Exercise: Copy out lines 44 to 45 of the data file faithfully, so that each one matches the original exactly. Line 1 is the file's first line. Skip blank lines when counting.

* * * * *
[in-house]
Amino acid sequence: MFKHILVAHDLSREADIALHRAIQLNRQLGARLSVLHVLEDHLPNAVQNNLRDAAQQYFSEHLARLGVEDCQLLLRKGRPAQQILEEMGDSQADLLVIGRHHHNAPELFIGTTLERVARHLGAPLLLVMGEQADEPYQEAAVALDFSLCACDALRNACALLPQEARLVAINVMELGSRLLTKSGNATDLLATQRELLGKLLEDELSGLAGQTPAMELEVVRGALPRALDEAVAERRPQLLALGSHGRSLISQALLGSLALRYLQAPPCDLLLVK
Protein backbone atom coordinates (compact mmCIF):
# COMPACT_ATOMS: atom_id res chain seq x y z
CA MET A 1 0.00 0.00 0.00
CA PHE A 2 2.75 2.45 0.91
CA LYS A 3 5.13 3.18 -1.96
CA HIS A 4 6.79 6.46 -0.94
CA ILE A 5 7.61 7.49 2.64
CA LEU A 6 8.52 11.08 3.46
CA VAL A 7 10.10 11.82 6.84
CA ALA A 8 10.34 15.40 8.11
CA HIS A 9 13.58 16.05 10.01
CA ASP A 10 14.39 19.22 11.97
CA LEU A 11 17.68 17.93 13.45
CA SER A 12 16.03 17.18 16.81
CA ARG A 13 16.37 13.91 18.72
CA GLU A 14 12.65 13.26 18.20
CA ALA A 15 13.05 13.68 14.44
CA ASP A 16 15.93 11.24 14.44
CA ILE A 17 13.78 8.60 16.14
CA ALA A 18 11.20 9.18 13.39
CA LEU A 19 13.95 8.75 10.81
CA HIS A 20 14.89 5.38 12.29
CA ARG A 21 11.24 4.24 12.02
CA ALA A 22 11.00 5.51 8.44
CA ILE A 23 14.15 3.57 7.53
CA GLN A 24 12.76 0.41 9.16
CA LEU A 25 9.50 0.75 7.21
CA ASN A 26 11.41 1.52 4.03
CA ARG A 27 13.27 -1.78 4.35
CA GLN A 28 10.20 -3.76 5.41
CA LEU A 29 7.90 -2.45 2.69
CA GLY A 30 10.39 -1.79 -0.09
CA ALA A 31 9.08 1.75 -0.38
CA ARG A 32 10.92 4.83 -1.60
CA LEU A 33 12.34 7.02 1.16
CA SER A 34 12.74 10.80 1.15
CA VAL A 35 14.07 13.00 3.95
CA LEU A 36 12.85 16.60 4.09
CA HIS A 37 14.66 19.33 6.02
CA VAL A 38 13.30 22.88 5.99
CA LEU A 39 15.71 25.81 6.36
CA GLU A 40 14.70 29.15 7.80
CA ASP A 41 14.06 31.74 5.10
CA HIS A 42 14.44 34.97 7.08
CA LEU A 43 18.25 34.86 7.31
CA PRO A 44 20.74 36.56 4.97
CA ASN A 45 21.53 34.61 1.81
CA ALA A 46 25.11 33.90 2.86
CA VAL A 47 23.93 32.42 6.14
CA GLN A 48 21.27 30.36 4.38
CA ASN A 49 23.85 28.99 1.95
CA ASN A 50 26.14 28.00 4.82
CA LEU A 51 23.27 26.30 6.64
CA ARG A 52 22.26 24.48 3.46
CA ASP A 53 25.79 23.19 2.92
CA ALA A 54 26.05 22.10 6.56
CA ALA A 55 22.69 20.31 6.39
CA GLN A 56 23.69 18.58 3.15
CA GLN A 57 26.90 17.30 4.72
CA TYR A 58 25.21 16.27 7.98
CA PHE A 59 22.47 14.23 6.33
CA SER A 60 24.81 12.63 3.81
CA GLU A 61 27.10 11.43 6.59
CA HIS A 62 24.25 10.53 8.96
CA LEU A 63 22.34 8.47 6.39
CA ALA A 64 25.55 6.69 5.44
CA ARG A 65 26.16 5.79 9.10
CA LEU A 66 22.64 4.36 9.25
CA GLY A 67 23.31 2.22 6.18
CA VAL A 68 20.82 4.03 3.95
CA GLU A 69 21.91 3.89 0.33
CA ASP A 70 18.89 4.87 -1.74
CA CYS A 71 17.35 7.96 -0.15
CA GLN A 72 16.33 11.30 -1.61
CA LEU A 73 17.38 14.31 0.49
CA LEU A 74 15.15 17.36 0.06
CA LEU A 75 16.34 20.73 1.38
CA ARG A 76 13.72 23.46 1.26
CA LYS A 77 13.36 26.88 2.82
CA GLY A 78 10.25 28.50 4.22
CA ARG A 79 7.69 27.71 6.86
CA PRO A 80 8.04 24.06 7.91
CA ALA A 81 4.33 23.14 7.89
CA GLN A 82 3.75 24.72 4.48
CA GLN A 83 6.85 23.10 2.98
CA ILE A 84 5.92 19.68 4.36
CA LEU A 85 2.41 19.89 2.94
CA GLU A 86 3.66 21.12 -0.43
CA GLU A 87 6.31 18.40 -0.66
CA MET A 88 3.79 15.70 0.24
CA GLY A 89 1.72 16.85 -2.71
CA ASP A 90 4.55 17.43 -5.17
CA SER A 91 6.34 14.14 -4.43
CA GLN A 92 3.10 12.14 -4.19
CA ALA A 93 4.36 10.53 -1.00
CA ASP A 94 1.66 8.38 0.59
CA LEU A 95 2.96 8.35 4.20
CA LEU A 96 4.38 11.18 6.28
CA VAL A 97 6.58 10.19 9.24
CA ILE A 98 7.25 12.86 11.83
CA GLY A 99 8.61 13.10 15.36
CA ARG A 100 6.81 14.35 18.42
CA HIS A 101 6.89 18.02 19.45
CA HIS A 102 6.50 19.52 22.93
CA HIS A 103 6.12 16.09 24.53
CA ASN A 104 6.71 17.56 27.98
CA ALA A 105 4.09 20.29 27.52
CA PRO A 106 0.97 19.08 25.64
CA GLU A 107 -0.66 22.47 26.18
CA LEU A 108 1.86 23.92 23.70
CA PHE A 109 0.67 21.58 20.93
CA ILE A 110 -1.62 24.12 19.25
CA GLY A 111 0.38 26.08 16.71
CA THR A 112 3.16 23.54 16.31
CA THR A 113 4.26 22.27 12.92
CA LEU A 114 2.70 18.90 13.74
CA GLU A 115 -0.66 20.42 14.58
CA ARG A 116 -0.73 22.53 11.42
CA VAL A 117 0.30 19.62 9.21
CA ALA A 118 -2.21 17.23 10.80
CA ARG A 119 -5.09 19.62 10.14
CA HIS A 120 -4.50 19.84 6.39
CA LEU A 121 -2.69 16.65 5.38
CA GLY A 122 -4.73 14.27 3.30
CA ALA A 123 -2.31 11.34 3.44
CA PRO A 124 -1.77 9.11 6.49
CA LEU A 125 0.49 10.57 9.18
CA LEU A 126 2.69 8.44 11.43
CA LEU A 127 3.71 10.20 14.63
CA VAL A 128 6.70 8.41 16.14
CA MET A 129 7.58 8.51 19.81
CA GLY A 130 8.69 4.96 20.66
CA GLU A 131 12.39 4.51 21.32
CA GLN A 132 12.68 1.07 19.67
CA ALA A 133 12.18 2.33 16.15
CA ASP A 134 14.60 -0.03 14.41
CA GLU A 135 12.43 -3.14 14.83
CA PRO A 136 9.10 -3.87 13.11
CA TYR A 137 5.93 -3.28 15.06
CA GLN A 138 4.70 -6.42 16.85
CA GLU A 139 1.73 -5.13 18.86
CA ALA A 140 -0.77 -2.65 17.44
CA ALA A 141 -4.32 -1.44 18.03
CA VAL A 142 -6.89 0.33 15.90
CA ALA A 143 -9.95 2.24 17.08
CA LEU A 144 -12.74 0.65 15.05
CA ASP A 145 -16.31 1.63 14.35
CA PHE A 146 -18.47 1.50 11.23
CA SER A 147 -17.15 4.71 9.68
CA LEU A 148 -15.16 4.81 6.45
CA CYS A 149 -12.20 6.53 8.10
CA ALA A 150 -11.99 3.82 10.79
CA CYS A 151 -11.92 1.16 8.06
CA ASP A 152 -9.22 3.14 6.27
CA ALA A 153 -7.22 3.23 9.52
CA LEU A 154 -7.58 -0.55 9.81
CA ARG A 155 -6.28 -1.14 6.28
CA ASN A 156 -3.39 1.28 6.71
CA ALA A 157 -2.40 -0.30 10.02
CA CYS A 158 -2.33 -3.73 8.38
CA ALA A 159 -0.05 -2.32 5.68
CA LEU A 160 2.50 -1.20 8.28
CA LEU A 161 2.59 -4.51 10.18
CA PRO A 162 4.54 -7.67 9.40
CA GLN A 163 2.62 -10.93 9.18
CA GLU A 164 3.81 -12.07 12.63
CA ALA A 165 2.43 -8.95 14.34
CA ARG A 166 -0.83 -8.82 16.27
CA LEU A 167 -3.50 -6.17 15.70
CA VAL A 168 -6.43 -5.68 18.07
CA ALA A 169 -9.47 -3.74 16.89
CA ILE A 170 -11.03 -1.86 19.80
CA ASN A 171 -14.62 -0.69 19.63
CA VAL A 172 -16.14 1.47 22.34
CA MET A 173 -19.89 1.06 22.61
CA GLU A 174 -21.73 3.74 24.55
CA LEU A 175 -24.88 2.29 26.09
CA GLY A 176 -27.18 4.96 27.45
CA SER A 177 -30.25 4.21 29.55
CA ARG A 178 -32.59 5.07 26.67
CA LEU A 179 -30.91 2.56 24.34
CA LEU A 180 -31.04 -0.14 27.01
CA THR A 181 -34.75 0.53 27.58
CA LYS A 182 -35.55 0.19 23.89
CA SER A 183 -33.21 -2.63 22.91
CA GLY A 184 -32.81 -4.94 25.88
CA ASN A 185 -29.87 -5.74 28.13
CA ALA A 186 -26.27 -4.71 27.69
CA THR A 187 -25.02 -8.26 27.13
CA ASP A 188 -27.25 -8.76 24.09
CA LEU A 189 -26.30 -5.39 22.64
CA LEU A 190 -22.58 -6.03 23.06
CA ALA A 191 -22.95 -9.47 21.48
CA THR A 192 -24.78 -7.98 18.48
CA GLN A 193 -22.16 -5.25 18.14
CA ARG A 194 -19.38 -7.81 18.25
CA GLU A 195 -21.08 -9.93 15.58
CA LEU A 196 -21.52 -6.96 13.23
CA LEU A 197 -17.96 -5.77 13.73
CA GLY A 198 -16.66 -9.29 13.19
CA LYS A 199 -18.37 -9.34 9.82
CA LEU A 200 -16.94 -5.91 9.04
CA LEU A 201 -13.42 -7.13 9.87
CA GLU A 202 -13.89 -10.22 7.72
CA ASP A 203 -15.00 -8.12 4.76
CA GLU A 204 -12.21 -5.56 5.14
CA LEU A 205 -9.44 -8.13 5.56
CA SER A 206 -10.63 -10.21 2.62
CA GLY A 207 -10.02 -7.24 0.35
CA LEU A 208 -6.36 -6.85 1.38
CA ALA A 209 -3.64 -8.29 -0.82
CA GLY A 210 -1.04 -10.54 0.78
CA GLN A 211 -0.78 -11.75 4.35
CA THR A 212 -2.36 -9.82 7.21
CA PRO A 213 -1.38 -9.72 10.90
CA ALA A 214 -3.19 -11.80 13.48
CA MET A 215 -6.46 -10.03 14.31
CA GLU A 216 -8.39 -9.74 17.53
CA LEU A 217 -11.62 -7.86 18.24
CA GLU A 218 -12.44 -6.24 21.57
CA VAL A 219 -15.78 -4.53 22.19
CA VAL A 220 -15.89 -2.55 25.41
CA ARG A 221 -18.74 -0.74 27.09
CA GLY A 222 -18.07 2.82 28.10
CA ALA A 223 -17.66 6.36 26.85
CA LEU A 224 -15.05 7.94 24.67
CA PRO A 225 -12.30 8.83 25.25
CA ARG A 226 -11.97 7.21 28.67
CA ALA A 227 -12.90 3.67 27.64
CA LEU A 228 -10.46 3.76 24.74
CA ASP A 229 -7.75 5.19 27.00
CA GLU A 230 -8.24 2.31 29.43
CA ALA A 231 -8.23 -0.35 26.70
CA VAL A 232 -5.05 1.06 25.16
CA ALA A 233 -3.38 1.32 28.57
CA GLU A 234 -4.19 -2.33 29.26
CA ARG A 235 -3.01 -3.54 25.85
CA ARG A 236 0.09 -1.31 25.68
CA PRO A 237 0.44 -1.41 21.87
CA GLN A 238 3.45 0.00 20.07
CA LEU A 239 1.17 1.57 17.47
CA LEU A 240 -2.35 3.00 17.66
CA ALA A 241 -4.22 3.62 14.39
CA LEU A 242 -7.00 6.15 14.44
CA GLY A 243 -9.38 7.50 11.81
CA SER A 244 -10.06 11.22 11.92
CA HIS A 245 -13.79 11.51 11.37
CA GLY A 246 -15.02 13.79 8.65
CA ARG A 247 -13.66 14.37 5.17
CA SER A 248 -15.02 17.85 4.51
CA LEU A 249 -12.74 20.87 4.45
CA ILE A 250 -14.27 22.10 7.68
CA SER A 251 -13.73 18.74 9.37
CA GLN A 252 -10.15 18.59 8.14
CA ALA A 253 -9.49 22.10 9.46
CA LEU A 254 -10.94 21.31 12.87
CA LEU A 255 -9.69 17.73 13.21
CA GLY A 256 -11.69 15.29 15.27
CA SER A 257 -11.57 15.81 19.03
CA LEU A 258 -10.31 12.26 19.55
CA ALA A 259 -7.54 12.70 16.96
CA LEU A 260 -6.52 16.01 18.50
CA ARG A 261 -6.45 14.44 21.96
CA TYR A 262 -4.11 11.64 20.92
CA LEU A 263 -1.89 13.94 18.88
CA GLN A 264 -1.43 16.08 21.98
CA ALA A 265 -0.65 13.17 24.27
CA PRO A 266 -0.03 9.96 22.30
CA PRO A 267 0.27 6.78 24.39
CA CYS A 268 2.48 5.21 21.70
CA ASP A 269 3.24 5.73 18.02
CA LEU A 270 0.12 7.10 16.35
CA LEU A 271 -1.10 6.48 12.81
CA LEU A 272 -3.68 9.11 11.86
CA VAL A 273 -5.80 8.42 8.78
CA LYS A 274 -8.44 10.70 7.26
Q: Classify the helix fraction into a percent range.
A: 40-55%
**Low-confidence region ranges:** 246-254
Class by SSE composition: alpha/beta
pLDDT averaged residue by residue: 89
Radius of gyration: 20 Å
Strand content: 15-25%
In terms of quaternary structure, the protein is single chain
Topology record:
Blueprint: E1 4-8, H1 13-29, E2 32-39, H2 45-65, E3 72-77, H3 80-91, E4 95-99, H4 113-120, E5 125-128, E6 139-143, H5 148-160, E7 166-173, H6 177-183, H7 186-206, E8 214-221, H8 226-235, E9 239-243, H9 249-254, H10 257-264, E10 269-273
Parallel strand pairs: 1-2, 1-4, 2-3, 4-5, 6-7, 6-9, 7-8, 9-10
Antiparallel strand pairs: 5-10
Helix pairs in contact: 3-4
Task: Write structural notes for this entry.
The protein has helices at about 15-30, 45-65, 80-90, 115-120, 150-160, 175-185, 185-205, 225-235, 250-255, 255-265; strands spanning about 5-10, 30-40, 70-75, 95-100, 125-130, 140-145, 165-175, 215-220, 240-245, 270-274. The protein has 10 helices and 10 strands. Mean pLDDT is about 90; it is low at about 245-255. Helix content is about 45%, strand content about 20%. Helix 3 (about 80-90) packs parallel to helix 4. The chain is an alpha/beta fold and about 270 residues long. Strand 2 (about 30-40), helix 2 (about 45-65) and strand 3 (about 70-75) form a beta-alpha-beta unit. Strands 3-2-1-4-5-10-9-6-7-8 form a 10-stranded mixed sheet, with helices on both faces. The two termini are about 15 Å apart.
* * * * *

CA GLU A 40 14.70 29.15 7.80
CA ASP A 41 14.06 31.74 5.10